Dr. Weil points out that while the majority of prescription drugs were derived from botanicals, the lack of standardization in the U.S. supplement industry poses a hazard. For example, extract of feverfew has been shown to be effective in treating migraine in England, but the feverfew on the U.S. market may or may not be English feverfew, and therefore may or may not be as effective. The essential "Do's and Don'ts for Wise Consumers" gives tips on choosing the best brand of herbs, and the quick indices (one listed by symptoms and the herbs recommended for treatment, and one listing the herbs and the ailments they're used for) make it easy to familiarize yourself with the many herbs available. Highly recommended. --Erica Jorgensen

About the Author

Andrea Peirce is the author of The American Pharmaceutical Association Parent's Guide to Childhood Medications and has extensive credits in medical writing and reporting. A graduate of Stanford Univeristy, she and her husband, a physician, live in New York City.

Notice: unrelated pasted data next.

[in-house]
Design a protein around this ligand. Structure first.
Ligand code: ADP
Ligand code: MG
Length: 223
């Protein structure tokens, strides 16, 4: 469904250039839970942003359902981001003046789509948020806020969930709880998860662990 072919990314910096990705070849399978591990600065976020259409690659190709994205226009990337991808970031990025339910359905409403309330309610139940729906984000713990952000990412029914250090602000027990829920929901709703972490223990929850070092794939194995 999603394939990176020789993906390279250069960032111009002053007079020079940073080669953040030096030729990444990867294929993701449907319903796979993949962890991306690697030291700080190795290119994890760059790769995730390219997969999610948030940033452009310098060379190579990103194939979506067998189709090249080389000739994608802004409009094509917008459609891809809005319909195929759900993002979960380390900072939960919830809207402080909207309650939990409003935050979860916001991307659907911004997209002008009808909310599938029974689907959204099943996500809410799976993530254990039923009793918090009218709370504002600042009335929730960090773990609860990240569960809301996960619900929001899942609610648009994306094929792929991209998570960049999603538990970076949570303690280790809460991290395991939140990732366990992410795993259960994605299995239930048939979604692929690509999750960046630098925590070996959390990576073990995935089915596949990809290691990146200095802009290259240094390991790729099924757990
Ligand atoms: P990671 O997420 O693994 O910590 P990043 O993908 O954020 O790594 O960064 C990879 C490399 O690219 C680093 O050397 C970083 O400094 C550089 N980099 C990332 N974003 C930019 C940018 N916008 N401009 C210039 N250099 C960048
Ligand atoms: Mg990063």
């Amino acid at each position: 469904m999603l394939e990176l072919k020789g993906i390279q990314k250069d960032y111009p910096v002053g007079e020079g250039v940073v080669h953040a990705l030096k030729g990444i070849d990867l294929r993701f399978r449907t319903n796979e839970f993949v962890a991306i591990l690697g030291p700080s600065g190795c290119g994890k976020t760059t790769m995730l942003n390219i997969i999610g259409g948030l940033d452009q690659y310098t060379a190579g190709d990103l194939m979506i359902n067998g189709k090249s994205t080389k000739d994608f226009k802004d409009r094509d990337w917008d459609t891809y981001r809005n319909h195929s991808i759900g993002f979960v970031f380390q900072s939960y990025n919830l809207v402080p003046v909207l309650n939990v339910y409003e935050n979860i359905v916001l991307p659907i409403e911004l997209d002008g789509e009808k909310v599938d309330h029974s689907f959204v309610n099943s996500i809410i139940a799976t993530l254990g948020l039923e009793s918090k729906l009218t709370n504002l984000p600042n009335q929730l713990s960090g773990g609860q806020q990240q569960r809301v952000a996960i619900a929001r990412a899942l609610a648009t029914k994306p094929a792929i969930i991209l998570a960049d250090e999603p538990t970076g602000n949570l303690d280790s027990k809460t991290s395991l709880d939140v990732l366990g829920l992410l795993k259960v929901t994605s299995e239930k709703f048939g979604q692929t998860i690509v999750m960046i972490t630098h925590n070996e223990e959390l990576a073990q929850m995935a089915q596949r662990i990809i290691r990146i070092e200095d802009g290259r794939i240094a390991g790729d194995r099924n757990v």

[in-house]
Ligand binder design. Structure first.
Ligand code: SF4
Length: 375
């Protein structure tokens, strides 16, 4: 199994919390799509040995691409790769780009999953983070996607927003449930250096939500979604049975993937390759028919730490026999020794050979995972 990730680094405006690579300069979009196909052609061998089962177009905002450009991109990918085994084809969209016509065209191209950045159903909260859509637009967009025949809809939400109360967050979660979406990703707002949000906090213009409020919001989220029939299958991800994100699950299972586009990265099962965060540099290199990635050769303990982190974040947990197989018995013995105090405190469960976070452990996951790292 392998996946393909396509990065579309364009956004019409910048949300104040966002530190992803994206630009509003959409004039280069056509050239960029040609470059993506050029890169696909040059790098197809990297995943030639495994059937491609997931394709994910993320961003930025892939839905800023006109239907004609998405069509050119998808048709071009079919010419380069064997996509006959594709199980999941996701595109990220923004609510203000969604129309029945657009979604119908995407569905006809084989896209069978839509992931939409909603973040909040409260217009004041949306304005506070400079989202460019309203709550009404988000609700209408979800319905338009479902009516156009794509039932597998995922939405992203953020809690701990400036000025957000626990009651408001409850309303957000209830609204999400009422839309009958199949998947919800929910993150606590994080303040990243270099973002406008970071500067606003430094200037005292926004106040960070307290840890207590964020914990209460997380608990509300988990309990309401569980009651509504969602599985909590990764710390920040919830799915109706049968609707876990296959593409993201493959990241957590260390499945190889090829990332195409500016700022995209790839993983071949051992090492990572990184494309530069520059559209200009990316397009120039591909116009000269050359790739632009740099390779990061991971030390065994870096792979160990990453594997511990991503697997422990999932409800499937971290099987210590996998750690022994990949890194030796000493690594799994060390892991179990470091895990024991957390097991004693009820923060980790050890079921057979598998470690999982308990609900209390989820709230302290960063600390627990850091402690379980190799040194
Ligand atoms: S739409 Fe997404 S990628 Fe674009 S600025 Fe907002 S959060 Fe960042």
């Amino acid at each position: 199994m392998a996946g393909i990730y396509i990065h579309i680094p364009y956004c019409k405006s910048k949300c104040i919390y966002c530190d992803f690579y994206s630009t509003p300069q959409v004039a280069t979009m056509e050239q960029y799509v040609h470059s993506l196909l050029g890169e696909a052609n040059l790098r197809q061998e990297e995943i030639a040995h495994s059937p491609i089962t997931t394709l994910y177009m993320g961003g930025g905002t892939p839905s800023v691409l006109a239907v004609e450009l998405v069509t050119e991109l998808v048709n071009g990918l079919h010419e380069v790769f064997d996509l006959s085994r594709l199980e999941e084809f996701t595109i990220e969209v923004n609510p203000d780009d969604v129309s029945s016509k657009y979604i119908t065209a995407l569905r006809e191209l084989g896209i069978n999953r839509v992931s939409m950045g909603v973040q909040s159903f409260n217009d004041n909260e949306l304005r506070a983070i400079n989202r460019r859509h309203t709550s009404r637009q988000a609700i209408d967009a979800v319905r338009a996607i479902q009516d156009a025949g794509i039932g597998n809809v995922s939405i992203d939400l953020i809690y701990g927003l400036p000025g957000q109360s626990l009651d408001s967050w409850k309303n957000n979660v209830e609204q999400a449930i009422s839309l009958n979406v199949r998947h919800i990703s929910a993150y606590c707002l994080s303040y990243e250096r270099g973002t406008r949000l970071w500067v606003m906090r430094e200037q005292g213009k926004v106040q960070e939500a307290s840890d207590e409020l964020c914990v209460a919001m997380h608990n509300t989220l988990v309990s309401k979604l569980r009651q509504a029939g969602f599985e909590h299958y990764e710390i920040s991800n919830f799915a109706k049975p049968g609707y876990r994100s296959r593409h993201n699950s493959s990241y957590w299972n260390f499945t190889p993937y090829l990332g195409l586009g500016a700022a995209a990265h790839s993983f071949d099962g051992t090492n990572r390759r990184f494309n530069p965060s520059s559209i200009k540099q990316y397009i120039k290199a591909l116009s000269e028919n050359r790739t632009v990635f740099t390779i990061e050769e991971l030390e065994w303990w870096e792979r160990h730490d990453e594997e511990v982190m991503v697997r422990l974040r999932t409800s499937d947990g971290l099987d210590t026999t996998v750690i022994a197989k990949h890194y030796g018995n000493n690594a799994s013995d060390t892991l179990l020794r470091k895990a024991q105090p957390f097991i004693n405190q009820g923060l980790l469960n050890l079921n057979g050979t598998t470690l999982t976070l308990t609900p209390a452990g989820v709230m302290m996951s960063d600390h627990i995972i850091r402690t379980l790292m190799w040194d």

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Product Details

  • Series: American Pharmaceutical Association Guide
  • Hardcover: 752 pages
  • Publisher: William Morrow; 1 edition (February 17, 1999)
  • Language: English
  • ISBN-10: 0688161510
  • ISBN-13: 978-0688161514
  • Product Dimensions: 8 x 1.9 x 10 inches
  • Shipping Weight: 4.1 pounds
  • Average Customer Review: 3.7 out of 5 stars  See all reviews (10 customer reviews)
  • Amazon Best Sellers Rank: #823,956 in Books (See Top 100 in Books)

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Customer Reviews

Most Helpful Customer Reviews

94 of 104 people found the following review helpful By Craig Weatherby on September 7, 2001